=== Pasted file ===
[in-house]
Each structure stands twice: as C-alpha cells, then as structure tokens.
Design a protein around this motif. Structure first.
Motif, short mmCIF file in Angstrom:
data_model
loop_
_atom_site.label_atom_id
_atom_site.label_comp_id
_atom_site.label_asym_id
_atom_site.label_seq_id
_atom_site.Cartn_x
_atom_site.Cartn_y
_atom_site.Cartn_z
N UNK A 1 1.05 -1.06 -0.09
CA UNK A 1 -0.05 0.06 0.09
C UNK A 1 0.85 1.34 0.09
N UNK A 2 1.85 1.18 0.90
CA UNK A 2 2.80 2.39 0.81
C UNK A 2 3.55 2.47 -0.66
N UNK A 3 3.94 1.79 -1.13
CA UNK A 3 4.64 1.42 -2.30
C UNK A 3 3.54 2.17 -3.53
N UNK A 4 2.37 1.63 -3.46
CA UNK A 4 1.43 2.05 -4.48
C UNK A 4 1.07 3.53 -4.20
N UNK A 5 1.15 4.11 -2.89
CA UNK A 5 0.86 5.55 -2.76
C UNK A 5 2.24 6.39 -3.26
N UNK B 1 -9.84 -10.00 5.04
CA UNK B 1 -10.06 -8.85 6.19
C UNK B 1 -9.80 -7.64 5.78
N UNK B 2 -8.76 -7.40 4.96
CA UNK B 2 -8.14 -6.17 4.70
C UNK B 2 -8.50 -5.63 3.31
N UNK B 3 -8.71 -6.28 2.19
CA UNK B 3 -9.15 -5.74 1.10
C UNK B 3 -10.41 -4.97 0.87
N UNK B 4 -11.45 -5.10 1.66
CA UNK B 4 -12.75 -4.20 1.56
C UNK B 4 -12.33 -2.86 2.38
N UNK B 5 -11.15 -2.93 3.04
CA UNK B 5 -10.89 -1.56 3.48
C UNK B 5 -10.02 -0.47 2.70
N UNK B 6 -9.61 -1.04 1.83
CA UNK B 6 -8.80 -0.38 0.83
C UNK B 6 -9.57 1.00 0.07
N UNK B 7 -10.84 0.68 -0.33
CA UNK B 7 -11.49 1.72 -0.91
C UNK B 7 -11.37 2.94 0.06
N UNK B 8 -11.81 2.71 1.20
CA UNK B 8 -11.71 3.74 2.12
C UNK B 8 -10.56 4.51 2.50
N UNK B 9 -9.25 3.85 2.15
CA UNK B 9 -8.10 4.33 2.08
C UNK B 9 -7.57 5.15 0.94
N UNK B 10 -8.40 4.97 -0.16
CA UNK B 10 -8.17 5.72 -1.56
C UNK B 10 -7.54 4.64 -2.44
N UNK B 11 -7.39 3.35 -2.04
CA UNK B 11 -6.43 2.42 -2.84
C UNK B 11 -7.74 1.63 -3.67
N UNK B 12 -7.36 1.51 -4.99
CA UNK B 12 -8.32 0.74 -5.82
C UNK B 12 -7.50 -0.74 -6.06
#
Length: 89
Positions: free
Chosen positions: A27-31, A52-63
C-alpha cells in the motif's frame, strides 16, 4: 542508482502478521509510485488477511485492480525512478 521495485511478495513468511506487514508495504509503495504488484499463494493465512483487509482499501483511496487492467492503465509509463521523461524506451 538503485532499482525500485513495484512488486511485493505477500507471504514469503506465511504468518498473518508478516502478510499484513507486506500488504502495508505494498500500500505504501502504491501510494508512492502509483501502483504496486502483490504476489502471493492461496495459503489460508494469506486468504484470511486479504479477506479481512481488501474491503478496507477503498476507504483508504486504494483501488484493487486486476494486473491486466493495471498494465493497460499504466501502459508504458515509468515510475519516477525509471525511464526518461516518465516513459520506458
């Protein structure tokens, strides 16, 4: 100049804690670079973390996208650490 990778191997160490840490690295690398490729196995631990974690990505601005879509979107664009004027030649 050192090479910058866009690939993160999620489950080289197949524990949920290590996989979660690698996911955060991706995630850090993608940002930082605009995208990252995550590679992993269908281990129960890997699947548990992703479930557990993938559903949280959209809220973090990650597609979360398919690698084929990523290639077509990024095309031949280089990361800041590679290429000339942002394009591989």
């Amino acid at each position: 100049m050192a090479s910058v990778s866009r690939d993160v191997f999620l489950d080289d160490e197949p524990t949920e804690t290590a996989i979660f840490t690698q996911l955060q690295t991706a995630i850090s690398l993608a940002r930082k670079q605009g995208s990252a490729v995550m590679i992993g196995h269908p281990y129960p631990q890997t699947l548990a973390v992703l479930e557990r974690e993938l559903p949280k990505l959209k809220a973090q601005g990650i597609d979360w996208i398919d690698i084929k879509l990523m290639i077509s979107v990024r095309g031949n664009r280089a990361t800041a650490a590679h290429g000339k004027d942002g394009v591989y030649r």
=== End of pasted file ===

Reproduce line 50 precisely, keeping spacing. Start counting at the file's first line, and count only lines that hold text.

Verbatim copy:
N UNK B 8 -11.81 2.71 1.20